Five words that you don’t expect to hear during a job interview – “your baby is a problem”...
Being made redundant last year while six months pregnant mid-pandemic was less than ideal. Now with my maternity leave due to end soon and a child still under six-months-old, jobhunting is a bit daunting to say the least.
My ideal scenario would be to work part-time three days a week with at least two of those days working from home.
With so many parents forced to juggle careers with home schooling over the past year and working from home becoming the new normal, you would think that the spotlight on flexible working would be at least one positive to come from it all.
Applying for a position I had more than a decade’s experience in, I was filled with confidence during the first interview when a woman, who said she had children herself, told me both part-time and some home working would be fine.
The second interview however I spoke with a man who wasted no time in telling me that my “baby is a problem”. Elaborating, they explained that they wanted someone to be occasionally physically in the office (fine) and that they were concerned as to what my plans for childcare would be.
They admitted that what they were saying probably went against all HR policies but made light of the matter saying they thought that it was better that they were upfront.
Relaying what happened to a horrified friend they said they hoped that I had “given them what for”. I am ashamed to say that I didn’t because I hadn’t known what to say as I had never been in that position before.
“They wouldn’t have said that to you if you were a man,” remarked another friend.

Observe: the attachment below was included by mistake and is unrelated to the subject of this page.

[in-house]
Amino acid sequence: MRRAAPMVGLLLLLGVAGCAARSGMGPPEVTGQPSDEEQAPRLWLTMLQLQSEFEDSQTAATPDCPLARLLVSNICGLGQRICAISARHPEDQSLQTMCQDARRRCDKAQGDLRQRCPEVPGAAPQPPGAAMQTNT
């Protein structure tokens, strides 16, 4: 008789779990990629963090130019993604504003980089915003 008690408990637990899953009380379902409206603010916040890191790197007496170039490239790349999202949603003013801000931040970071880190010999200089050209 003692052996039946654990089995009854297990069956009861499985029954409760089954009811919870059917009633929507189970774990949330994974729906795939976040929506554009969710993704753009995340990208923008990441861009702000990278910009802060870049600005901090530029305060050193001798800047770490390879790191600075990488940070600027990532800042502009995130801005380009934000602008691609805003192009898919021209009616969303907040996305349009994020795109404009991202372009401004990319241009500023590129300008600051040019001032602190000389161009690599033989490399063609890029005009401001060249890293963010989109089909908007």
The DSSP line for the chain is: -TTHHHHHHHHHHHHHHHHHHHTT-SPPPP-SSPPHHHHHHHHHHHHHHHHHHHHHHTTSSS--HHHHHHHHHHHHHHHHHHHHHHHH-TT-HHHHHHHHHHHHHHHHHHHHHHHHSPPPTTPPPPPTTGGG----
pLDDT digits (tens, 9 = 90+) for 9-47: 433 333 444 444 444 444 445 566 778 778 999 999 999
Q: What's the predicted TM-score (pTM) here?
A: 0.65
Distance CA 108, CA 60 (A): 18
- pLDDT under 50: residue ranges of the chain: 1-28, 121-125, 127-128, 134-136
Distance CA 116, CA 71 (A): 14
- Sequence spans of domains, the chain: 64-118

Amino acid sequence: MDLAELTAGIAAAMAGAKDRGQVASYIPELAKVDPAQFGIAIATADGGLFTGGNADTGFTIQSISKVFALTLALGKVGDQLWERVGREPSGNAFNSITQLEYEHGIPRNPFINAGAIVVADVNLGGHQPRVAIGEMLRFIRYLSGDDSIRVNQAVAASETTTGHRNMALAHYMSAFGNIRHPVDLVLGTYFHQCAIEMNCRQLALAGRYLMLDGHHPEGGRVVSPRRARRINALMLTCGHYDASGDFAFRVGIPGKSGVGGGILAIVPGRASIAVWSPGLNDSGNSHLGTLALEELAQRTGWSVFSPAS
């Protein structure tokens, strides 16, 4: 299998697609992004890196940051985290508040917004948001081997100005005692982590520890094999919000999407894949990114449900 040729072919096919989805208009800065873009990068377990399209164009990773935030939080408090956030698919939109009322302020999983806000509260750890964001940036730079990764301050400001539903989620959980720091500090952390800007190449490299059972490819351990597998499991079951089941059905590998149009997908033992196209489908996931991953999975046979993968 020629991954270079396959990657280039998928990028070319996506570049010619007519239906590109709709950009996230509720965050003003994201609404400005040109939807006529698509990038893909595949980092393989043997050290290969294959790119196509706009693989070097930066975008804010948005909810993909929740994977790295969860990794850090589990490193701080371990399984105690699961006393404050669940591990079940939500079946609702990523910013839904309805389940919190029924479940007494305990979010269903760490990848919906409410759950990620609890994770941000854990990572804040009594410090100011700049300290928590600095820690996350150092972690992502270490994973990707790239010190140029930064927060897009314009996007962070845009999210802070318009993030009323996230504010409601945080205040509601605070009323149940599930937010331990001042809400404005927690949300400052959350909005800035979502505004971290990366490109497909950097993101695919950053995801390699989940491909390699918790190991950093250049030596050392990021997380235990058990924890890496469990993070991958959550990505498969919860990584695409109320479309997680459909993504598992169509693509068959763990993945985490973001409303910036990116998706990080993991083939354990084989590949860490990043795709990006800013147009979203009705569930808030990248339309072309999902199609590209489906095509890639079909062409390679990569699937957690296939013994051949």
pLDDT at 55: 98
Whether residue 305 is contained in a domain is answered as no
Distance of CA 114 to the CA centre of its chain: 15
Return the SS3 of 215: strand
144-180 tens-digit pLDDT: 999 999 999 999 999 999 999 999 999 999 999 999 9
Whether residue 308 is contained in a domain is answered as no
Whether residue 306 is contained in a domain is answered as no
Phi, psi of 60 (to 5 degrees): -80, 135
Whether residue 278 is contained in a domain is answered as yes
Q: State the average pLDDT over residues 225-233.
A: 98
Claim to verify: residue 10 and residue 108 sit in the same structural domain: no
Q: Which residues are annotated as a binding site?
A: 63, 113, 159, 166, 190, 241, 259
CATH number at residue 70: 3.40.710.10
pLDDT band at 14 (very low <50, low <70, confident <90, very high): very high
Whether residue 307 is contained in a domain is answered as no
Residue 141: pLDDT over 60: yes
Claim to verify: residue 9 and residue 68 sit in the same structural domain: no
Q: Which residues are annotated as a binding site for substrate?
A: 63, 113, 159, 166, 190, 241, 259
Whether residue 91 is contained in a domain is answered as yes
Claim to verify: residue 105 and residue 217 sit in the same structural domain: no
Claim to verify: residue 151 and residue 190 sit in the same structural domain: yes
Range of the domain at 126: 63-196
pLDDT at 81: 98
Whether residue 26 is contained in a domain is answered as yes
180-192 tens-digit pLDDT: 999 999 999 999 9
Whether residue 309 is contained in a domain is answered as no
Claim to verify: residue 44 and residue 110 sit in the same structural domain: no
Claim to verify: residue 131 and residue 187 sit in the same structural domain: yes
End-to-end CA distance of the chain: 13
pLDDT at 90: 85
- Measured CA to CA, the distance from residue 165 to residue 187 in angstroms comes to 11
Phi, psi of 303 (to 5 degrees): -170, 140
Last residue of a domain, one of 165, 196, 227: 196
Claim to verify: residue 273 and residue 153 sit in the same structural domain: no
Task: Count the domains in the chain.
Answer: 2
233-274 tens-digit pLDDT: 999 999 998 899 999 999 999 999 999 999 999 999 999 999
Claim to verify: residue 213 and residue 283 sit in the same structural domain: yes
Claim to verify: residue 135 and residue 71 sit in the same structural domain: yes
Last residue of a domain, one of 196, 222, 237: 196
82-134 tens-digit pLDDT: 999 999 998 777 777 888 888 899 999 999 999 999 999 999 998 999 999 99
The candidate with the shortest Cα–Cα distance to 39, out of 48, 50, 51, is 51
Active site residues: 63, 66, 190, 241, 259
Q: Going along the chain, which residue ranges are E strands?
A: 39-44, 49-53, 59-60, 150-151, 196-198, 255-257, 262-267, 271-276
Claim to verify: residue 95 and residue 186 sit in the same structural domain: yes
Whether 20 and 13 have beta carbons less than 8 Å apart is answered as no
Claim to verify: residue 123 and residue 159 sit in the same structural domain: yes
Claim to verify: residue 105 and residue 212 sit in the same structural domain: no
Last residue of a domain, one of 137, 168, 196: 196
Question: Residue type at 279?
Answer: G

The more I thought about what had happened, the more emotions surfaced. That included anger at myself for not only failing to stand up for myself, but in effect my son too. I also feared being told similar by other potential employers.
After being pointed in the direction of charities such as Pregnant Then Screwed and being made aware of the Equality Act 2010 however, I now know that not only was what that person said to me wrong, it was discriminatory and above all, illegal.
Was it really a one-off incident though? Speaking with friends who are also mothers they too said that they had come up against discrimination in the workplace because of their caregiver responsibilities.
One advised to remove having been on maternity leave from my CV and just accredit a career gap to redundancy and the global pandemic. They also suggested not mentioning having a child at all during the interview process.
My partner, who is supportive, agreed.
But isn’t it important to be transparent? Not if I want a job apparently.
A simple internet search of my name would show that I have previously written for this very website about raising a baby during lockdown. Various images of him are also proudly plastered across my social media accounts – should I delete them just in case?
Not gonna happen.
This pandemic has robbed me and so many other first-time mums of “normal” experiences that previously might have been taken for granted; every memory counts including posts celebrating milestones and I won’t pretend that he doesn’t exist.
Just because I now have a child it does not diminish my skills and past career achievements nor what I can bring to the table as a future employee.
Bottom line, my son is NOT a problem and any employer that thinks that is not one I would want to work for anyway.